Avoidable deaths are “biggest scandal in global healthcare”
Health Secretary, Jeremy Hunt, has responded to a study revealing that 1,000 patients die unnecessarily in hospitals each month as the “biggest scandal in global healthcare”.
The study by the London School of Hygiene and Tropical Medicine has revealed that 1 in 28 deaths are due to poor hygiene, inattentive monitoring, incorrect diagnosis or the prescription of wrong medication. Mr Hunt proposes to introduce measures to cut the number of hospital deaths by ranking NHS Trusts based on the number of needless deaths in their hospitals.
However there are many critics of Mr Hunt’s reaction; suggesting he is jumping the gun with these findings. Academics have pointed out that recorded mortality ratios are a measure of how many excess deaths there are in a hospital compared with the nation average; the records do not provide data to show which of those deaths could have been avoidable.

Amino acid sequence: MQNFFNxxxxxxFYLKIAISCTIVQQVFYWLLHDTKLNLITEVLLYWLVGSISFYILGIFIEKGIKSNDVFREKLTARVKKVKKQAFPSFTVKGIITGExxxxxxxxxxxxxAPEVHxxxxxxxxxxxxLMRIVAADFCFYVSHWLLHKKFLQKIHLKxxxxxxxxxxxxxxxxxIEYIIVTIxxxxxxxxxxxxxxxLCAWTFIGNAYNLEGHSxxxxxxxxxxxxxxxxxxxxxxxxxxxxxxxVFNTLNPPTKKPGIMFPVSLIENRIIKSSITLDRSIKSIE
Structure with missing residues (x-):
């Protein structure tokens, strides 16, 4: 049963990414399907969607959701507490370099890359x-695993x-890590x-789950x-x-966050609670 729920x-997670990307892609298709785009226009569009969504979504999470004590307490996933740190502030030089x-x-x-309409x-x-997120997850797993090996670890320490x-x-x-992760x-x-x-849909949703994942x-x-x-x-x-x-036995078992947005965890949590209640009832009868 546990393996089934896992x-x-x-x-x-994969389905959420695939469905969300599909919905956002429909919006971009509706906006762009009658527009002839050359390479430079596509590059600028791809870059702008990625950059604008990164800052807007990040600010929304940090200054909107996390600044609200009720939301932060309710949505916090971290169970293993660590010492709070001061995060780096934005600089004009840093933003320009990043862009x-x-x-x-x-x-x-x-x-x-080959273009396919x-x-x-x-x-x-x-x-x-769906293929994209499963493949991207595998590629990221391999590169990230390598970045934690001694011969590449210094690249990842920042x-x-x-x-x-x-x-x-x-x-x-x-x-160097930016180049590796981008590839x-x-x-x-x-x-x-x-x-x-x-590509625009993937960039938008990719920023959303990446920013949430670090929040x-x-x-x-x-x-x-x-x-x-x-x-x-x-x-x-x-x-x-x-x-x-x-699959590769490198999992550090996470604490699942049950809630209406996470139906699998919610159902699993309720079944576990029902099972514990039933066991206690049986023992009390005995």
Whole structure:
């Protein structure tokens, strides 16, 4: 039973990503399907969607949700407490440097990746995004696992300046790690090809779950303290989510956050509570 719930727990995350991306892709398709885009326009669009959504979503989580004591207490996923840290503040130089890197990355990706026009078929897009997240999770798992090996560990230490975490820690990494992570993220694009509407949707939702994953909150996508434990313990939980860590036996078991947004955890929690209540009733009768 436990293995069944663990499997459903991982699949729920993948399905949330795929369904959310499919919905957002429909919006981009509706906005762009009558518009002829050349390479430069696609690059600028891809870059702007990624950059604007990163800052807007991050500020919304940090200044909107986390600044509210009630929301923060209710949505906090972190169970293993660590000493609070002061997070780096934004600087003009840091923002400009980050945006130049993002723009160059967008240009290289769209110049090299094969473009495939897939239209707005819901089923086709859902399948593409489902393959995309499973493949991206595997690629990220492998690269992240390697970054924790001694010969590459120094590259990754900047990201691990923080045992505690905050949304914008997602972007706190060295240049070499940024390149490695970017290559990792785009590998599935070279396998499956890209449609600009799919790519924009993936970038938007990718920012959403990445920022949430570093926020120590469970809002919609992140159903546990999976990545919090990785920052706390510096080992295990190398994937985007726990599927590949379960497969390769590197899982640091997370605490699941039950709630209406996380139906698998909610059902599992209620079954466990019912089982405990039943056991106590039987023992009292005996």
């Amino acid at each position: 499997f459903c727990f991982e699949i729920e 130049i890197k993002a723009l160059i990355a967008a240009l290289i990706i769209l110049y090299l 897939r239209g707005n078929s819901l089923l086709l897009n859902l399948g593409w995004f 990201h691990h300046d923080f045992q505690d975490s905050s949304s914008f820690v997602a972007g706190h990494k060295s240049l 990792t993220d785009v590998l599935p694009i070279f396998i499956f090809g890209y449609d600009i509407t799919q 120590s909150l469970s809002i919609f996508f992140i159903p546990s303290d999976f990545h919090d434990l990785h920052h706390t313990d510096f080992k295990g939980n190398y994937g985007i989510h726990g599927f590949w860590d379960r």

Helen Hogan, one of the authors of the paper, has said herself that “there are lots of reasons that hospital mortality ratios stand out. The trouble is that could be with the quality of inputting hospital operations into a computer rather than the quality of hospital care”, she went on to say “a case review of patient notes is really the only way of making decision about quality of care”.
Sir Bruce Keogh, Medical Director for NHS England, released a statement saying “the findings provide us with useful additional insight and show we need to look at a whole range of methods to measure health care quality … I have long argued for more relevant and transparent measures of individual service within hospitals”.
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